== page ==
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Tag: Judd Apatow (11-20 of 20)

'This Is 40' trailer: The sort-of sequel to 'Knocked Up'

Spin-off or sequel? Judd Apatow’s new comedy This Is 40, which picks up with the lives of married couple Pete (Paul Rudd) and Debbie (Leslie Mann) a few years after the events of Knocked Up, is both.

Of course, saying “a few years after the events of Knocked Up” sounds like a sci-fi catastrophe occurred in Katherine Heigl’s uterus, but the new entry from the Apatow team is a lighthearted spin-off that looks at middle-age married life through the lens of a quarrelling, albeit still in love, couple. Melissa McCarthy and Jason Segel pop up in the trailer, and you can expect appearances from Megan Fox, Lena Dunham, Chris O’Dowd, John Lithgow and Annie Mumolo when the film comes out on December 21. Check out the first trailer below: READ FULL STORY

'The Five-Year Engagement' to open 2012 Tribeca Film Festival

The Tribeca Film Festival has announced that The Five-Year Engagement will open their 2012 festival. The romantic comedy, co-produced by Judd Apatow, stars Jason Segel and Emily Blunt as an engaged couple who keeps pushing back their nuptials.

”We are so honored that the festival organizers have given us this platform to premiere the film,” said director Nicholas Stoller, in a statement. “To be honest, this is all just a ploy to stand on top of a building with Robert De Niro and look out over New York City at dusk.”

”The Tribeca Film Festival has always celebrated the power of creative collaboration, and there is no better example of that than The Five-Year Engagement,” said Jane Rosenthal, cofounder of the festival.

The rest of Tribeca’s feature film slate will be announced on March 6 and 8, and the festival itself will run from April 18 to 29.

Watch a trailer of the opening movie, which hits theaters April 27, below. READ FULL STORY

Judd Apatow to receive special comedy honor from Kristen Wiig at Writers Guild Awards

Kristen Wiig will honor her Bridesmaids producer Judd Apatow with the Herb Sargent Award for Comedy at the Writers Guild of America awards in New York City, the east coast wing of the WGA announced today. The award is named after the veteran TV writer (The Tonight Show Starring Johnny Carson, Saturday Night Live, The Dennis Miller Show) who was president of the WGA, East for 14 years.

Daytime TV writer Claire Labine (General Hospital, One Life to Live, Guiding Light) will receive the Ian McLellan Hunter Award, given to a writer for their body of work.

The WGA Awards will be held on Feb. 19 at the B.B. King Blues Club in New York City, and at the Hollywood Palladium in Los Angeles. Rachel Dratch is hosting the event in New York, Joel McHale and Zooey Deschanel will emcee in L.A.

Read more:
‘Bridesmaids,’ ‘The Descendants’ lead WGA nominees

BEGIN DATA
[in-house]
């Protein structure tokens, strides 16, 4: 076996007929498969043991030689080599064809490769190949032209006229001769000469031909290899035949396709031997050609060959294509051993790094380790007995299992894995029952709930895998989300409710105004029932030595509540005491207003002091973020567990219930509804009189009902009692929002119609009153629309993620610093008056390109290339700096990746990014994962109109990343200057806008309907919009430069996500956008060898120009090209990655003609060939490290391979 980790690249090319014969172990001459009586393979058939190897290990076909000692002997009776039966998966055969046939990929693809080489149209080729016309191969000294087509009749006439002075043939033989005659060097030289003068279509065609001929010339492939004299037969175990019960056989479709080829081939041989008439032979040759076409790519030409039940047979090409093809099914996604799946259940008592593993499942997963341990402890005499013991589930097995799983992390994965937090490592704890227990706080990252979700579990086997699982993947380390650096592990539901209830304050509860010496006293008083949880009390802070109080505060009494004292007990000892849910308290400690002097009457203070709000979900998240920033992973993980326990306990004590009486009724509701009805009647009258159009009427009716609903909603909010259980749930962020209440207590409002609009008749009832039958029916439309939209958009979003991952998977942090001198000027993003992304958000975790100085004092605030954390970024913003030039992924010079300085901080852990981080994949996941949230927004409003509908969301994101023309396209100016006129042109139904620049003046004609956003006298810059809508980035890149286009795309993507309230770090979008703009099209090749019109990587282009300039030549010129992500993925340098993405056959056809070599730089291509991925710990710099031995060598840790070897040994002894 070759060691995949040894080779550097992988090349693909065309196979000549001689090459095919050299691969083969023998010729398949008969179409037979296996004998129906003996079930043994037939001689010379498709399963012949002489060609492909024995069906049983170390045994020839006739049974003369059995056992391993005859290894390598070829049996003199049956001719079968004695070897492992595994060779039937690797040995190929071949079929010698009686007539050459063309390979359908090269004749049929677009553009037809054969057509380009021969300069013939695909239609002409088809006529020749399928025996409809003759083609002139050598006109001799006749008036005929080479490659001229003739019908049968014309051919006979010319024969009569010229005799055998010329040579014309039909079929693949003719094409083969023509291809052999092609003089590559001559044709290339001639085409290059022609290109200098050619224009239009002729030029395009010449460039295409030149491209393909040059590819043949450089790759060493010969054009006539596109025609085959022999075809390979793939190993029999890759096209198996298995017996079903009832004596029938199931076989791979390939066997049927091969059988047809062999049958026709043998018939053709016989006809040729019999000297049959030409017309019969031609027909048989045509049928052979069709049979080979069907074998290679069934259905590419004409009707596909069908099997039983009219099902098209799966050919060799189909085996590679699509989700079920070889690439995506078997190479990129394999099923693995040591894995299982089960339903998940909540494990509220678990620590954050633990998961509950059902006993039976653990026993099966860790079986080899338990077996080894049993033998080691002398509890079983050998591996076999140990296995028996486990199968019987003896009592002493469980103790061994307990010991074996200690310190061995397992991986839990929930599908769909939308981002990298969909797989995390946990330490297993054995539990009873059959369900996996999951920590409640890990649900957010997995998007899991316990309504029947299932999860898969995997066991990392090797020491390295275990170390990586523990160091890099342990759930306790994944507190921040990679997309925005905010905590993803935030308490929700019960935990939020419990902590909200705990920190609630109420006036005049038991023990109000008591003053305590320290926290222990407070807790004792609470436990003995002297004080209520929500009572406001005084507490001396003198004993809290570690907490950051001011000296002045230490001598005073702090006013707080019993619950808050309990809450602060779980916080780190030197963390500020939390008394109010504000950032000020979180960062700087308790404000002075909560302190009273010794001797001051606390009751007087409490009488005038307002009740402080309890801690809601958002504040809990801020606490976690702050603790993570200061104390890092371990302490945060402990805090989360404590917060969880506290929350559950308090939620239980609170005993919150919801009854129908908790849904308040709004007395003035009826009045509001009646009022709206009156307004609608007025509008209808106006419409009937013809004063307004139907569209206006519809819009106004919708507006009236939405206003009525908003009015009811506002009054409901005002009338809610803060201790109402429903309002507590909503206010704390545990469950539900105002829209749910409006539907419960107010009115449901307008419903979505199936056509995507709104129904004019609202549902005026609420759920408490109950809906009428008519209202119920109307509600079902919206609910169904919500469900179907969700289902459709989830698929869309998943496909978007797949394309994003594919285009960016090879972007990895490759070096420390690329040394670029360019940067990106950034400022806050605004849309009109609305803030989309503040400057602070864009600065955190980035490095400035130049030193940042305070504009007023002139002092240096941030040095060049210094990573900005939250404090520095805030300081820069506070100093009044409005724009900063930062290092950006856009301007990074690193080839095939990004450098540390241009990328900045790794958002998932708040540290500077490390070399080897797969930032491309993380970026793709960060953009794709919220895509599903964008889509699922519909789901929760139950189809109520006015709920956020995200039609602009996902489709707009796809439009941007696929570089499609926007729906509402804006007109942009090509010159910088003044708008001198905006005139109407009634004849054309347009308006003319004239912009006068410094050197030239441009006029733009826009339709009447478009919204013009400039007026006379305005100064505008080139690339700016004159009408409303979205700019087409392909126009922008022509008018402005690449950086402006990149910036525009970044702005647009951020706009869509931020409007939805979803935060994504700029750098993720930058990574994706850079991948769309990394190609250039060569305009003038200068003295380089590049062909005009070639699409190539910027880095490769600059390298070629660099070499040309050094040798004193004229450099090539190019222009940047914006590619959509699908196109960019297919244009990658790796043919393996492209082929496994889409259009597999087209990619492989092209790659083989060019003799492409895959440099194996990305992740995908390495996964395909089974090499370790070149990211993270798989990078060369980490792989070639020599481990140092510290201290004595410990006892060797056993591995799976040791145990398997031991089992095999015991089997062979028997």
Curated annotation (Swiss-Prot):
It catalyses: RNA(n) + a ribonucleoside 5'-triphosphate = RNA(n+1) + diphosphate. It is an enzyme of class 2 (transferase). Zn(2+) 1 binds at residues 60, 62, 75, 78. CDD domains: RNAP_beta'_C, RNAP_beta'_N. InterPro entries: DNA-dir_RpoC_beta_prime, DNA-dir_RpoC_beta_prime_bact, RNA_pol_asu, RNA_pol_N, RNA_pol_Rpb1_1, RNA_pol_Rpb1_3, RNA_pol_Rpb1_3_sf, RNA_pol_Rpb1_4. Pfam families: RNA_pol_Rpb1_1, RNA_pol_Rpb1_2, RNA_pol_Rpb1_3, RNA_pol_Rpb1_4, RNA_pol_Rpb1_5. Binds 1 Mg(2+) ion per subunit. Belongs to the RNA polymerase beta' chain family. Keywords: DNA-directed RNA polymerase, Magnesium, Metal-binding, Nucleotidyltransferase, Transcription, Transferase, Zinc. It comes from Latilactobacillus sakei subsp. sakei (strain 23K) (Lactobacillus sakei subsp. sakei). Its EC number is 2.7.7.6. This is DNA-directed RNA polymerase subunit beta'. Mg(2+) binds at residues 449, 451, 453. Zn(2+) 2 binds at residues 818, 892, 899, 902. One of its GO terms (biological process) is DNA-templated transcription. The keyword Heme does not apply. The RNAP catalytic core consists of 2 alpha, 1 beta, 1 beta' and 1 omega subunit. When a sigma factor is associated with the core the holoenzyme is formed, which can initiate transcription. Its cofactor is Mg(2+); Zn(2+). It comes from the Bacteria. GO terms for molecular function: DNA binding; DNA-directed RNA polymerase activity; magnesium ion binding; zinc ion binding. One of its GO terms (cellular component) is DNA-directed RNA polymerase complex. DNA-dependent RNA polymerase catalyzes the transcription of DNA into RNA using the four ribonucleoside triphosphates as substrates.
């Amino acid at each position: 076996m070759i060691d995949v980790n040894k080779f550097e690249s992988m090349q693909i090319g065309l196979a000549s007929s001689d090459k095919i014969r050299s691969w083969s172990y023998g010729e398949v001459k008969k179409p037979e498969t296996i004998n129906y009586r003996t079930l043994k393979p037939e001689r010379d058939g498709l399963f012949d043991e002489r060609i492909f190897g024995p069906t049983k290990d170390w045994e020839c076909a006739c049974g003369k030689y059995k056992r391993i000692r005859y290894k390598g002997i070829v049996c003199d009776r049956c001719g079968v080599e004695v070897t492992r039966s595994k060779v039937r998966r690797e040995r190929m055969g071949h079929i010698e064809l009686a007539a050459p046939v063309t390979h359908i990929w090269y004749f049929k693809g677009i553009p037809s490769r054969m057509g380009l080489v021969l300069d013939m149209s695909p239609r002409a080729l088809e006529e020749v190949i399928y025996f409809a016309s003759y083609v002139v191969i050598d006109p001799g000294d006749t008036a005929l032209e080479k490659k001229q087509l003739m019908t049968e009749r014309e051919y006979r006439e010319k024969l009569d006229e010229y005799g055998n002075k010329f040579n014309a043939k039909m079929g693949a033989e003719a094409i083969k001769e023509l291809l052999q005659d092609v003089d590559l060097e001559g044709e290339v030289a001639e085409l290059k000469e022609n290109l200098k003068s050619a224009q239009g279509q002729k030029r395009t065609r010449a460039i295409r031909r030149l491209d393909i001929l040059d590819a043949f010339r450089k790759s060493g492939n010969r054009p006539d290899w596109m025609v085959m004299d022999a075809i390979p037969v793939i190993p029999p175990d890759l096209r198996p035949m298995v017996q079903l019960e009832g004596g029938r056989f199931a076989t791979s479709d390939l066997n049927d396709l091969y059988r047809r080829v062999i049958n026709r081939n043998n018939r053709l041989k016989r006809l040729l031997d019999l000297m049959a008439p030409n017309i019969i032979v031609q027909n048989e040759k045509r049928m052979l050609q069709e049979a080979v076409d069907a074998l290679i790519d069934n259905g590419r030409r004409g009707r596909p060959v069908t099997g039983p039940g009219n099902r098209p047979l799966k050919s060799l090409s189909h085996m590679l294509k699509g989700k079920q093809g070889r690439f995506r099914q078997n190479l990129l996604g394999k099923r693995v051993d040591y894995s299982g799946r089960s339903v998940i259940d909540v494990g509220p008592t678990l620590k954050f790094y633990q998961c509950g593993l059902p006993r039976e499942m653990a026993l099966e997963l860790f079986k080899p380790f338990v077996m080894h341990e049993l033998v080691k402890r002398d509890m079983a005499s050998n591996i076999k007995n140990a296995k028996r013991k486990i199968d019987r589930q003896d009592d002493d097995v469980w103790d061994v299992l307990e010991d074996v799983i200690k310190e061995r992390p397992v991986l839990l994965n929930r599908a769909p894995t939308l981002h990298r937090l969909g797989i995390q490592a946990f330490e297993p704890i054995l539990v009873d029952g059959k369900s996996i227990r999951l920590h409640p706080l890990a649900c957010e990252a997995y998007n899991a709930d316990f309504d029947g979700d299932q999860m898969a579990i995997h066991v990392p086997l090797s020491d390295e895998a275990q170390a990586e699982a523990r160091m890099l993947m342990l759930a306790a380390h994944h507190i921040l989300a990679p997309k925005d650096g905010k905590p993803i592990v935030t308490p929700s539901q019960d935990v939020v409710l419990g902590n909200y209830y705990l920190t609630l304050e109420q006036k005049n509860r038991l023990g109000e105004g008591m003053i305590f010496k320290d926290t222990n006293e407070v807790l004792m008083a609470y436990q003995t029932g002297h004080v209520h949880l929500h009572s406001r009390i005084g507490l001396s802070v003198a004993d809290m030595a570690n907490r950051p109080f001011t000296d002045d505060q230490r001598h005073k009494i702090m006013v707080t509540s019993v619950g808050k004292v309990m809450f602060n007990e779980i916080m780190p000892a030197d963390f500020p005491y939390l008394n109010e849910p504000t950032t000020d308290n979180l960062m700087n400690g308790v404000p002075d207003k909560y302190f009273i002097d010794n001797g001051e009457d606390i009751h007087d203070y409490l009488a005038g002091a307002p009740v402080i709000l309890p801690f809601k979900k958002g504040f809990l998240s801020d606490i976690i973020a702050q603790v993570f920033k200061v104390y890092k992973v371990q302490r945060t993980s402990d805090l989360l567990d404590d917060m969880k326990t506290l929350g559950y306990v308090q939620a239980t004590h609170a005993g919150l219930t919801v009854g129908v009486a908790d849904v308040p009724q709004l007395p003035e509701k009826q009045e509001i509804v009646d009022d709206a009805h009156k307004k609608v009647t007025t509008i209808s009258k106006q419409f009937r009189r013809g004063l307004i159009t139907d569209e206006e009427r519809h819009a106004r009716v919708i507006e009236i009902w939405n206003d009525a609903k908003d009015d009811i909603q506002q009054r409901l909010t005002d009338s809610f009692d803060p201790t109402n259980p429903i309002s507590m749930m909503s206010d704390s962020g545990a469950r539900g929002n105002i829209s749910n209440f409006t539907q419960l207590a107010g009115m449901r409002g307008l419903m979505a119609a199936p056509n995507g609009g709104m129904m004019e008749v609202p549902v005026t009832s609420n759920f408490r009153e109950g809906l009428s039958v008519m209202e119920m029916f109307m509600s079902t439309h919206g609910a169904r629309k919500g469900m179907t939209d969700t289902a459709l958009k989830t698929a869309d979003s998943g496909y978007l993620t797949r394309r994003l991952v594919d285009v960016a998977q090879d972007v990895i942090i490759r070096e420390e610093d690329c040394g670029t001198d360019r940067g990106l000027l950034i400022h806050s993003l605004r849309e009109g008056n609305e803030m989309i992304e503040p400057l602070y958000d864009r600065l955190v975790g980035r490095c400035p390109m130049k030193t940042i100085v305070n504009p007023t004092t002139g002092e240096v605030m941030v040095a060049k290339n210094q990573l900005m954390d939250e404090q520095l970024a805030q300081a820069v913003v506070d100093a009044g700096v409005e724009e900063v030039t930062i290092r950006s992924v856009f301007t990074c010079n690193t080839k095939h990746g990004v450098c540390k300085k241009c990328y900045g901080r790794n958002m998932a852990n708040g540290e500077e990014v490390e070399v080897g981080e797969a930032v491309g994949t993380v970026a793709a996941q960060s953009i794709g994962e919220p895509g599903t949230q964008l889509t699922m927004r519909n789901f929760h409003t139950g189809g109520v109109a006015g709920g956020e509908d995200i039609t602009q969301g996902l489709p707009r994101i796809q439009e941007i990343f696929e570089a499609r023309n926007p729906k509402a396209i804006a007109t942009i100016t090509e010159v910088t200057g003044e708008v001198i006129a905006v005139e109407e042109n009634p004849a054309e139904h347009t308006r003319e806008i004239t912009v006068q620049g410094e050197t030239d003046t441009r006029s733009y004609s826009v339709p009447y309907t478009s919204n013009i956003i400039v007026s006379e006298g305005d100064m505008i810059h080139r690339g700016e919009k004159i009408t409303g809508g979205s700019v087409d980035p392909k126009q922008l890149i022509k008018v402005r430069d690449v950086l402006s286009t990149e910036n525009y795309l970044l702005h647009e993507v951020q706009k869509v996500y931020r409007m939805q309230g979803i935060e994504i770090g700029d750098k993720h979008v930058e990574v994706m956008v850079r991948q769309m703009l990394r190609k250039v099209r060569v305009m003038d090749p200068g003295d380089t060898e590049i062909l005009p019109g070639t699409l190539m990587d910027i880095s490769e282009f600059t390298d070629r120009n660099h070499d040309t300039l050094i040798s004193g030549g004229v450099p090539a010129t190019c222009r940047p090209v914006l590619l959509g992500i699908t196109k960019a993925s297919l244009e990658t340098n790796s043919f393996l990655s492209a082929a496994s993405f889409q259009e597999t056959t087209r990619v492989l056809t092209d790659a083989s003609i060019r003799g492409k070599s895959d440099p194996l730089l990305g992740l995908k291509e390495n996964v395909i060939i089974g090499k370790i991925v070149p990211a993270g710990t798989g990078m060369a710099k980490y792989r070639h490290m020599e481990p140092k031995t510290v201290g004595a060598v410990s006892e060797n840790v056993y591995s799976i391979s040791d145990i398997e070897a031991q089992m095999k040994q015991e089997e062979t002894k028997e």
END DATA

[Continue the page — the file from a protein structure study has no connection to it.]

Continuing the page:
Joel McHale, Zooey Deschanel to host WGA awards show

'The Cabin in the Woods' to open the 2012 SXSW Film Festival

Cabin-in-the-Woods

The hotly anticipated horror film The Cabin in the Woods will open the 2012 SXSW Film Festival in Austin, Tex., on March 9, the festival announced today. Produced by Joss Whedon, and co-written by Whedon with director Drew Goddard, The Cabin in the Woods stars Chris Hemsworth, Kristen Connolly, Fran Kranz, Richard Jenkins, and Bradley Whitford, and promises to take on the classic horror genre with Whedon’s signature wit. It hits theaters April 13. Whedon will also be on hand for a filmmaker panel the following day. READ FULL STORY

Kristen Wiig and Paul Feig chat 'Bridesmaids' at TimesTalks event

Leave it to the director and star of 2011’s hit Bridesmaids to make a comedic entrance to their panel at the 11th annual New York Times Arts and Leisure Weekend. Paul Feig and Kristen Wiig waltzed in carrying glasses of red wine to their chat with moderator Melena Ryzik. The audience noticed their liquid addition to the chat, and the stars quickly decided that they’d turn their talk into a drinking game. The rules were simple: Drink every time someone says a–hole. (Which really meant one of the stars would just say a–hole any time they wanted to take a drink.) Wiig and Feig both talked about the success of the film, but mum’s the word on that much-talked-about sequel. Here are a few more highlights from the night’s event:

READ FULL STORY

'Bridesmaids': Kristen Wiig and co-stars talk deleted scenes, ideas for the sequel

Even a two-hour-plus movie couldn’t contain all the comedy talent of these hilarious women. Now that Bridesmaids is out on DVD and Blu-ray, you finally get to see a ton of alternate takes and scenes you didn’t see in theaters. EW spoke to four of the Bridesmaids ladies — Kristen Wiig, Rose Byrne, Wendi McLendon-Covey, and Ellie Kemper (sorry, not recent Emmy winner Melissa McCarthy) — about the stuff salvaged from the cutting room floor, and their ideas for a sequel!